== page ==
Gout attacks, one of many forms of arthritis, used to be considered a “royal” disease, associated with kings like Henry VIII, who could afford rich diets full of meat, alcohol, and desserts. Nowadays, those three things are part of a typical American diet. So, while we may consider ourselves rich with food options, we also get to share the risk of gout with the rulers of old. What was once considered an 18th-century affliction is now on the rise as a diagnosis for the everyday American.
What is Gout?
Gout is a painful form of arthritis characterized by sharp uric acid crystals forming in joints and causing episodes of swelling and pain called “gout attacks.” The big toe joint is most often affected, and doctors think that the crystals probably collect there because it is cooler than the rest of the body, and big toes, in particular, endure a lot of wear and tear. But gout can be found in other joints, including the knee, ankle, foot, hand, wrist, and elbow.
The body makes uric acid while breaking down chemicals called purines found in certain foods and drinks. This acid is typically processed through the kidneys and eliminated in the urine. However, if uric acid levels are too high for the body to process and excrete, crystals can form and accumulate in the joints. The sharp, needle-like crystals cause gout.
Who is Affected?
Gout can affect anyone, but men typically develop this arthritis at a younger age. Women don’t typically begin to experience symptoms until after menopause. Men are three times more likely than women to develop gout because they have higher uric acid levels most of their lives.
Your risk of developing gout increases with these risk factors:
- Excess weight.
- Congestive heart failure.
- Family history of gout.
- High blood pressure.
- Kidney disease.
- A diet high in animal proteins and alcohol.
- Diuretics (water pills).
Gout is episodic, meaning it occurs as an “attack” that can happen suddenly and last a week or two. There may be no obvious symptoms between attacks, which can be frequent or spaced out by years. However, without treatment, attacks may become more frequent and severe.
- Intense pain.
- Redness, stiffness, swelling.
- Tenderness, even to light touch such as a bedsheet.
- Warmth or the feeling like the joint is “on fire.”
Severe, chronic gout can lead to deformity in the joints and a higher risk of kidney stones due to crystal deposits in the kidneys.
Diet and exercise are your best bets for preventing the development of gout and reducing the number and severity of attacks.
- Drink your water! Drinking plenty of water helps your kidneys function better and enables you to avoid dehydration.
- Watch what you eat. Do your best to limit foods high in purines which can trigger uric acid buildup. These include alcohol, proteins from animal sources, especially red meat, gravy, and drinks high in sugar.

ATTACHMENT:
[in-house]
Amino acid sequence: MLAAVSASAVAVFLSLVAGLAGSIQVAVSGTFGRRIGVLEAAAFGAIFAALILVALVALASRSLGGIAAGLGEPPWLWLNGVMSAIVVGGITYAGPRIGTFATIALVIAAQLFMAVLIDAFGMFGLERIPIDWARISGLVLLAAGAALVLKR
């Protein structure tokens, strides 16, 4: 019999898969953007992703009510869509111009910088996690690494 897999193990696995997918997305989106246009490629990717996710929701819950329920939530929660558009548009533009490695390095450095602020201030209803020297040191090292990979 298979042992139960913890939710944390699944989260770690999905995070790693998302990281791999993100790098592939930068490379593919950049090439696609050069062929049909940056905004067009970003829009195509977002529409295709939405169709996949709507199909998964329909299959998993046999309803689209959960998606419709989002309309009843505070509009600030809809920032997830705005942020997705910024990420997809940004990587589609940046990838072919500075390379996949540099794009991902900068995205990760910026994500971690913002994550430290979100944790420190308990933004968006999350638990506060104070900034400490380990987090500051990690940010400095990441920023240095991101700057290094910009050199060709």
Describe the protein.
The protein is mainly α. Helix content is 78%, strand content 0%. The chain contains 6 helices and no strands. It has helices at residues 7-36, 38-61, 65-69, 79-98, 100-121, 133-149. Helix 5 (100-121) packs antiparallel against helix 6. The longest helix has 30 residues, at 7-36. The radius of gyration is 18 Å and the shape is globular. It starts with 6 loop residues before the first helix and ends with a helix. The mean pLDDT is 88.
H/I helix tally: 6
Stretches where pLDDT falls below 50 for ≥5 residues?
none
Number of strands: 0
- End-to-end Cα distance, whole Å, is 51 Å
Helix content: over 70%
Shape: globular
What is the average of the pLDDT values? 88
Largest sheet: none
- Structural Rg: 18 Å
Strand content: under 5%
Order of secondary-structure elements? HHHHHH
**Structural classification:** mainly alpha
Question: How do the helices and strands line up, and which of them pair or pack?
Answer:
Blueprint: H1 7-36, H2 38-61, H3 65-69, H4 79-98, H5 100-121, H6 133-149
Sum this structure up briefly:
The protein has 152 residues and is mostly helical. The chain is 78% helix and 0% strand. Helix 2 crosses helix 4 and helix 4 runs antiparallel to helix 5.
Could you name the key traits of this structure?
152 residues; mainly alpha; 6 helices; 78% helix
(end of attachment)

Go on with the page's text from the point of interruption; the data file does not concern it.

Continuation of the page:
- Exercise. Regular exercise helps maintain a healthy weight. Extra weight increases the amount of uric acid in the body and puts more stress on joints where uric acid crystals can build up.
There are a few medications available that your provider may recommend. These include medications to help prevent pain and inflammation and medications that help lower uric acid levels in the body to reduce or prevent future gout attacks.
Gout attacks can be painful and debilitating. Before one occurs, consider asking for help with managing symptoms so that you aren’t figuring it out on your own.
Plan to do these things during an attack:
- Avoid alcohol and sweet drinks.
- Drink plenty of water.
- Elevate the joint(s).
- Put ice on the joint(s).
- Limit stress on the joint(s).
- Stay current on doctor-recommended medications.
There are many ways in which some extra support can help you not only manage a gout attack but make lifestyle changes to prevent future attacks. Patiently making long-term changes can be challenging, but you can succeed and even thrive with a plan and people in place for support and accountability.
About Generations Home Care
Generations Home Care personalized in-home care and support services help those recovering from illness, injury, or surgery, living with a chronic disease, or dealing with the natural process of aging. We help people live a fuller, healthier, and independent life.
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- Rehab or hospital-to-home programs for safe discharge.
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- Veteran’s connection to care program.
- Live-in services and couples care.
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